April 26th 2012, Federal Secretary of Transportation Ray LaHood visited Indianapolis and gave an informal, if not inspiring speech, about Indianapolis and it’s civic cooperation in regards to transportation and infrastructure. He compared the high output produced by civic cooperation to other cities and praised us highly for the output generated. It was fitting then, that CICF President & CEO Brian Payne, and major contributor to the Indianapolis Cultural Trail, chose this event to stand up and proclaim that Indianapolis would be moving forward with another innovative transportation program in April of 2013. That being, a bicycle sharing system.
In the initial RFP, authored in December of 2011 and administered through INDOT, the target to begin operations was to be Fall of 2012. Initially, the scope of the project was identified as the 5 downtown cultural districts. Additionally, the RFP requests that someone deeply knowledgeable with the Cultural Trail be involved. Clearly, the intent of the system is one that will function closely with the path of the trail.
This is a logical, if not expected path forward for a bike share in Indianapolis. Indeed, the Cultural Trail creates a safe path for cyclists to traverse the downtown neighborhoods and a bike share system should be supportive of that. Coupled with the highly successful entertainment options downtown and the growing amount of residential options, it provides an optimum growth opportunity for cycling modal share in the city.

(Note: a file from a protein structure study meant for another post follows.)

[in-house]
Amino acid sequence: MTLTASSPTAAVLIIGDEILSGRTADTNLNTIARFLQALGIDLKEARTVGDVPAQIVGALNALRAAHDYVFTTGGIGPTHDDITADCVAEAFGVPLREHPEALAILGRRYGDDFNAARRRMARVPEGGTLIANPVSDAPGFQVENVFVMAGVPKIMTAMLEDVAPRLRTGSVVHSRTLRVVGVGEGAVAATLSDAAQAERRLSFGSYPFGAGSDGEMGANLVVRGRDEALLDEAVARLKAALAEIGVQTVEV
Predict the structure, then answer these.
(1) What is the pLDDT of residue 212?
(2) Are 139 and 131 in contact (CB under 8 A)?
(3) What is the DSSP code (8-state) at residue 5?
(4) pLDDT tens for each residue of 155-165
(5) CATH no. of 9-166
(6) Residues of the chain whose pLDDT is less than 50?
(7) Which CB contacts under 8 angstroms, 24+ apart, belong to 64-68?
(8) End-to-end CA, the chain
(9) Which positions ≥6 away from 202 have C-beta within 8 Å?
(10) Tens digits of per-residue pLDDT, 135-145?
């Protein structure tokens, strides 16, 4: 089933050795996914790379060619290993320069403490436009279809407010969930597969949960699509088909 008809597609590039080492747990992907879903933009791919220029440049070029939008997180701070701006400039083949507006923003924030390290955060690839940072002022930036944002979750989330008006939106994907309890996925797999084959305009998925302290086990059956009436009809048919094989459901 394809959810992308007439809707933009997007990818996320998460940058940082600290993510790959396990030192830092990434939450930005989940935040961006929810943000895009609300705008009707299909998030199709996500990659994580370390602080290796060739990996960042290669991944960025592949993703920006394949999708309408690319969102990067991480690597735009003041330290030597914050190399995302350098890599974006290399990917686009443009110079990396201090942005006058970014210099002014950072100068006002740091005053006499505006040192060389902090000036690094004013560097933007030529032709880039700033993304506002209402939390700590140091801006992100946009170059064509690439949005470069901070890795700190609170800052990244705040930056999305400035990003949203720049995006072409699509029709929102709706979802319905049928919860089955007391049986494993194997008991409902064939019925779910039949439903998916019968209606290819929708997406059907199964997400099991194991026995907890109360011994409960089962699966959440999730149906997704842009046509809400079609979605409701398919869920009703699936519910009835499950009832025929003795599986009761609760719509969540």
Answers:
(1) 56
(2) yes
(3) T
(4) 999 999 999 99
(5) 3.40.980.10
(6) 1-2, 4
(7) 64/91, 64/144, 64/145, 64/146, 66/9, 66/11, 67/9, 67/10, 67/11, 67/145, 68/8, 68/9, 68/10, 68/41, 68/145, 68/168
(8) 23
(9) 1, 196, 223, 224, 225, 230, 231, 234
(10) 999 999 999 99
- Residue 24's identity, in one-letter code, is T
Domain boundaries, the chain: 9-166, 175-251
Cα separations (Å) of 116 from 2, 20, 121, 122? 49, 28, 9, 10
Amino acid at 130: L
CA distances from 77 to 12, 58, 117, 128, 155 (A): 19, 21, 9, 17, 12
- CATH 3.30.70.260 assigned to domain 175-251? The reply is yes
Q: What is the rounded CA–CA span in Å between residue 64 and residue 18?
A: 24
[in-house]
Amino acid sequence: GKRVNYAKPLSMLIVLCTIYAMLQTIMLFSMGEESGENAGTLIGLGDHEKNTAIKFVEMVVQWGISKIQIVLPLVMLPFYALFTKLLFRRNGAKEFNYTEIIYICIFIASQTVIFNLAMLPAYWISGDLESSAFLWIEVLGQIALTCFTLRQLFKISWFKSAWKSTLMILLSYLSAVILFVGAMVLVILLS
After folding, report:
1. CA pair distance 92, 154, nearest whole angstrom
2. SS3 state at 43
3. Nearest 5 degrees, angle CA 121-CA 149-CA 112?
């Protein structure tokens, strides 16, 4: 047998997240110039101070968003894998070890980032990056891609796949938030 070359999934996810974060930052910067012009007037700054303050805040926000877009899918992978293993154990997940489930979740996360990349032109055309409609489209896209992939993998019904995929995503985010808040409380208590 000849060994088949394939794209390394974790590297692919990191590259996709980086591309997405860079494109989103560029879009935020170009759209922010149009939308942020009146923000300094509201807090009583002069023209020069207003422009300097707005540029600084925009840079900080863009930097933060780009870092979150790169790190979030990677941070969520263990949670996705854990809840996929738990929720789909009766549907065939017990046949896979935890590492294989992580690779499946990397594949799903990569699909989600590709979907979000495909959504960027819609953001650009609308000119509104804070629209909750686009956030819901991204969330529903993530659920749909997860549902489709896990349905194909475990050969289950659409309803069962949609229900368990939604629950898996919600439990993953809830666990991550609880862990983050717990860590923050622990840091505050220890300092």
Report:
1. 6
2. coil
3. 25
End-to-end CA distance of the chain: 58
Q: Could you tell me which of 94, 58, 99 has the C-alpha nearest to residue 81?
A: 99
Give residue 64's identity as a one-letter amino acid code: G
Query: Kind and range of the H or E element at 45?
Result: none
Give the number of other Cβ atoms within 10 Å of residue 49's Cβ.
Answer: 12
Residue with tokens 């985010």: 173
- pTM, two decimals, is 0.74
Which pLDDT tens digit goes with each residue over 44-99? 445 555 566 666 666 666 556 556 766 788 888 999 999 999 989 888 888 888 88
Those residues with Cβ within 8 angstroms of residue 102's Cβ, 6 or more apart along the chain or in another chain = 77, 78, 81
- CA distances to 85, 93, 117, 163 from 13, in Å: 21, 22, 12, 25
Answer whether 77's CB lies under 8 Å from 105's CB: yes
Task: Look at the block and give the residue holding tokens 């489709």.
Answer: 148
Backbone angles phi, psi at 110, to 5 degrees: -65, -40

However, with the onset of autumn upon us, it seems reasonable to now ask, “What is going on with the effort to create the bike share system?” Little news has trickled out publicly regarding the proposed system and with the original request date to begin operations all but upon us I wonder what is going on. The Cultural Trail and CICF declined to comment for this story, although I suspect there is a lot going on behind the scenes right now.
Cities across the world are implementing bicycle share systems and the rate at which cities are opening or planning on opening them is increasing. Many American cities such as Washington, Chicago and Minneapolis already operate a share system. Recently, Portland announced that they had selected a vendor for their new bicycle share. Clearly, cities see the value in opening systems such as these to reduce automobile mode share and the benefits associated with such efforts. Indianapolis has grown awareness of cycling tremendously in the past 5 years yet still stands to benefit from reducing auto mode share. I hope that the planned bicycle share for Indianapolis comes to fruition in the near future and that we can spend keystrokes in this space praising it instead of asking what is going on.